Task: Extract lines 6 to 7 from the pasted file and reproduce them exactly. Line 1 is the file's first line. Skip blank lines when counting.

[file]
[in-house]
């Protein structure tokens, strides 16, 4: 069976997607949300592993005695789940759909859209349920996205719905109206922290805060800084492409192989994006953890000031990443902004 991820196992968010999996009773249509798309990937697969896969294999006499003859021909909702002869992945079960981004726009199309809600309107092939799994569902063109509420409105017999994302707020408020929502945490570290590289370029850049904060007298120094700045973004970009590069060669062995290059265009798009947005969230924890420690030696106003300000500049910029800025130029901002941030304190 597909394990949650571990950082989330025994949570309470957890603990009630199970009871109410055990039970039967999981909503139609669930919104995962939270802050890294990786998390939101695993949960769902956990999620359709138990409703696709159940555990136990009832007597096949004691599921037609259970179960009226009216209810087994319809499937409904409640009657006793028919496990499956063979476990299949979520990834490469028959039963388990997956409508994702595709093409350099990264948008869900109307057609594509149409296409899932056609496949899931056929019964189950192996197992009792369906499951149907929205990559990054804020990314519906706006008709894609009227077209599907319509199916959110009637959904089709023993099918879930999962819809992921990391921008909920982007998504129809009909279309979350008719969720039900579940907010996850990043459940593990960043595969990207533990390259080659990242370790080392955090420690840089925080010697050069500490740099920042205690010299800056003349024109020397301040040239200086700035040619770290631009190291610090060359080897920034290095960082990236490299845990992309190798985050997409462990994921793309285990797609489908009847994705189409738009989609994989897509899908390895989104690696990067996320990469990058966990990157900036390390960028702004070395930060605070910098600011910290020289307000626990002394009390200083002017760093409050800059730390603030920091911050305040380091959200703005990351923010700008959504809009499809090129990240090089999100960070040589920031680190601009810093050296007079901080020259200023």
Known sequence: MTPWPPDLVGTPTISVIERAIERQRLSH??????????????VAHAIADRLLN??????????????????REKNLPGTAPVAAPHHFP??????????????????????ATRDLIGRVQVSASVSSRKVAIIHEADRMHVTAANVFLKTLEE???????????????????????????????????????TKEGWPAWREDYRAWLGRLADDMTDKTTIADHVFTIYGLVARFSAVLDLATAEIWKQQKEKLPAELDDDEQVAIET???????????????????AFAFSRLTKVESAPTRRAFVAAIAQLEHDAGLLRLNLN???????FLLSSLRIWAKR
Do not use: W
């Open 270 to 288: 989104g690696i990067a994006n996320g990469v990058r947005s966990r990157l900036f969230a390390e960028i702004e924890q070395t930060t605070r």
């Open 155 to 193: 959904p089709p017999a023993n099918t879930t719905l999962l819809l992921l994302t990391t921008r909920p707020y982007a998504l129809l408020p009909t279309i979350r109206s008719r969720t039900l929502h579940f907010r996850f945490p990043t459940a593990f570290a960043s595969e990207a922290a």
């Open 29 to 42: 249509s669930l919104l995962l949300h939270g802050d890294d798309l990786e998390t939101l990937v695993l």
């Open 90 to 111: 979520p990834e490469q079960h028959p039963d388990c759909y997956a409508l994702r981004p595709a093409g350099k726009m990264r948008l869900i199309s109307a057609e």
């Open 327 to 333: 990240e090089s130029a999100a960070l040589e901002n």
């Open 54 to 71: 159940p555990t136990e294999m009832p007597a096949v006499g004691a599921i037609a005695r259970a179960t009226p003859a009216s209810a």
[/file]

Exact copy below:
């Open 155 to 193: 959904p089709p017999a023993n099918t879930t719905l999962l819809l992921l994302t990391t921008r909920p707020y982007a998504l129809l408020p009909t279309i979350r109206s008719r969720t039900l929502h579940f907010r996850f945490p990043t459940a593990f570290a960043s595969e990207a922290a």
């Open 29 to 42: 249509s669930l919104l995962l949300h939270g802050d890294d798309l990786e998390t939101l990937v695993l």